When you first take a look at Brazilian Jiu-Jitsu, you get the impression that is a highly individual sport. Nothing can be further from the truth. Although individuality is a huge part of Jiu-Jitsu, it is not the defining trait of the sport. The most obvious moment is training. Unlike their striking counterparts, grappling martial arts cannot be trained alone. The only thing a grappler can do without a partner is drilling certain moves. However, in order to truly train grappling, you need a partner. Actually, you need more than one in order to progress. Competition-wise, the importance of having like-minded training partners is even more important. That’s the reason people usually congregate in BJJ teams for tournament preparation.
Even though competitive BJJ teams are mostly aimed at preparing for tournaments, they turn out to provide much bigger benefits for grapplers. In a competitive environment, teams usually stick together and corner every member for every match. Given enough time, people in teams inevitably become friends off the mats as well as on them. A strongly knit BJJ team usually means you have friends for life that offer support in every possible way. But what is it that makes a BJJ team such a positive influence? How do you know if you’re in the correct team environment for you? Is a bigger or smaller team a better fit for you? Let’s try and answer all of these questions.
The Role Of BJJ Teams
Despite individuality being the driving factor behind BJJ innovation, Jiu-Jitsu can be considered a team sport. Team presence is extremely notable at every BJJ tournament you go to. Everywhere you turn you’re exposed to t-shirts, hoodies, Gi patches etc. all demonstrating affiliation to different BJJ teams. Some of the major BJJ teams or those most enthusiastic about competing even have team flags that they proudly display. All these team “colors” are always passionately defended and relentlessly promoted.
The reasoning behind this mentality is the sense of belonging that a team environment offers. BJJ teams are friendly, family-like environments that offer inclusion and warmth. Team mentality can range from just a group of people that drill together to a cult-like devotion. Both have certain traits in common. For one, they offer consistency. Large teams with a worldwide reach, provide the option to train everywhere that you are and feel right at home. This is priceless for someone getting ready to grapple at a BJJ tournament. This kind of consistency that BJJ teams offer is the reason behind the success of many of the top world champions.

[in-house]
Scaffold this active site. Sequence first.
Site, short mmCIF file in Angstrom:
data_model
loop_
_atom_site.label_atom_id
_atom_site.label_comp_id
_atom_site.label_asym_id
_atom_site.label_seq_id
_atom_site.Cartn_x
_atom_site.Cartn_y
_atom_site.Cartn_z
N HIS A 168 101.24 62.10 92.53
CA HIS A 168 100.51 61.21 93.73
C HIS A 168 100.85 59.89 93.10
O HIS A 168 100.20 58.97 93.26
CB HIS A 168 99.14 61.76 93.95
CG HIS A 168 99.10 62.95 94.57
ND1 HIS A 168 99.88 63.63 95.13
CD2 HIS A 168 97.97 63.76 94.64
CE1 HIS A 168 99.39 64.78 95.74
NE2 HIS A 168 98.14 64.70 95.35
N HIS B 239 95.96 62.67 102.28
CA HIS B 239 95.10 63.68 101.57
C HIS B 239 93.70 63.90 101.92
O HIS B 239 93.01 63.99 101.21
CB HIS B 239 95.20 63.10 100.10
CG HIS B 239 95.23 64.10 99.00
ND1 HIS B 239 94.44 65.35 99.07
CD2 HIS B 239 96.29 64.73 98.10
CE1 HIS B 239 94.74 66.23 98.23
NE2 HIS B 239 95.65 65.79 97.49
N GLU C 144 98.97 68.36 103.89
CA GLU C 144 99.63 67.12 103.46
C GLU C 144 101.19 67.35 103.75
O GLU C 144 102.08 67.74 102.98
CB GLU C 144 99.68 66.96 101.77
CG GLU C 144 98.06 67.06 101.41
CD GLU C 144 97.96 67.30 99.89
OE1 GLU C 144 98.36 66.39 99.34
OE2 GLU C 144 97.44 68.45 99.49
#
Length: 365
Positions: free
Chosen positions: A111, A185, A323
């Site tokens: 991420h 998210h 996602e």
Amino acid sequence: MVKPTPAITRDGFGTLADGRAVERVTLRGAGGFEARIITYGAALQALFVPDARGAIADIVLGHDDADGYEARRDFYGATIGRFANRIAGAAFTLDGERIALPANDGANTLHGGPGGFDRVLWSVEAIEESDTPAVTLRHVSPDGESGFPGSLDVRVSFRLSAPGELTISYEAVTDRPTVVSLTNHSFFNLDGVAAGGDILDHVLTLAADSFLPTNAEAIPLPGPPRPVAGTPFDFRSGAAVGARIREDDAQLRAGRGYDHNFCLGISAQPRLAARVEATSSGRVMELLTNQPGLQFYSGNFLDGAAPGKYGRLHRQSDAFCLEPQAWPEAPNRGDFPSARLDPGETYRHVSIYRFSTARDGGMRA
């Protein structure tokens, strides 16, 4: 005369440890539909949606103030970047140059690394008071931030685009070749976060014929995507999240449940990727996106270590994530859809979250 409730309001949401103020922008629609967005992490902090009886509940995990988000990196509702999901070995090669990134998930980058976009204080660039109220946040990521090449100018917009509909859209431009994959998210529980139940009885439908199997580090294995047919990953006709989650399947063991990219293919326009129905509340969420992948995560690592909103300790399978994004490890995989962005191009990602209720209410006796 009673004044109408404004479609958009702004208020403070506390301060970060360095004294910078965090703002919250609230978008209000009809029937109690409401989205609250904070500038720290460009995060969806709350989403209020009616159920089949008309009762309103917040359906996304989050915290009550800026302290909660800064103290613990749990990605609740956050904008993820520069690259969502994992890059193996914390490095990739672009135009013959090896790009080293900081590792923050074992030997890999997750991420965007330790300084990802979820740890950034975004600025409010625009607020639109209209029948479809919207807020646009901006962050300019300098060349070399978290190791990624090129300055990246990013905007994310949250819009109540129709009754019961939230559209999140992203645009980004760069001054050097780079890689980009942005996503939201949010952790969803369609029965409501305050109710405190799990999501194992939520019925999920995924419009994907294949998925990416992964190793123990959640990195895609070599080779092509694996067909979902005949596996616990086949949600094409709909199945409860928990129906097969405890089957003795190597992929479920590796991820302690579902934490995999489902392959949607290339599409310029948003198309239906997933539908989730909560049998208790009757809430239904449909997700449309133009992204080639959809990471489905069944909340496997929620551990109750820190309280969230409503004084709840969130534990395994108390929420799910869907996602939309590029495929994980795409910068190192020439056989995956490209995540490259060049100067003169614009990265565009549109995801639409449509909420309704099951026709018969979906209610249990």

Furthermore, BJJ teams offer valuable resources to all members. Instructors, facilities, training partners and training schedules offer the opportunity to students of all levels to prepare as best as possible. The more people you train with on a regular basis, the better you’ll become. Now, if those people are like-minded in preparing for tournaments, you have the perfect environment to thrive. BJJ teams give access to more people that often turn to be valuable contacts off the mats.
Finally, there’s a feeling of loyalty. People are usually fiercely loyal to their teams which can be a double-edged sword. Loyalty can bring a team together or down, depending on the circumstances.
The BJJ Teams To Avoid
The defining characteristic of a BJJ team depends on the type of individuals in it. A BJJ team is only as good (or bad) as the people in it. Some of the same issues that trouble other groups in society are also present in BJJ teams. Despite the ability of Jiu-Jitsu to weed out bullies, they manage to make their way on the mats. Having a bully on the team, especially one that’s highly ranked can be a real problem. usually, the instructor is the one to deal with this, but in instances where he/she is the bully, the whole team is going to suffer.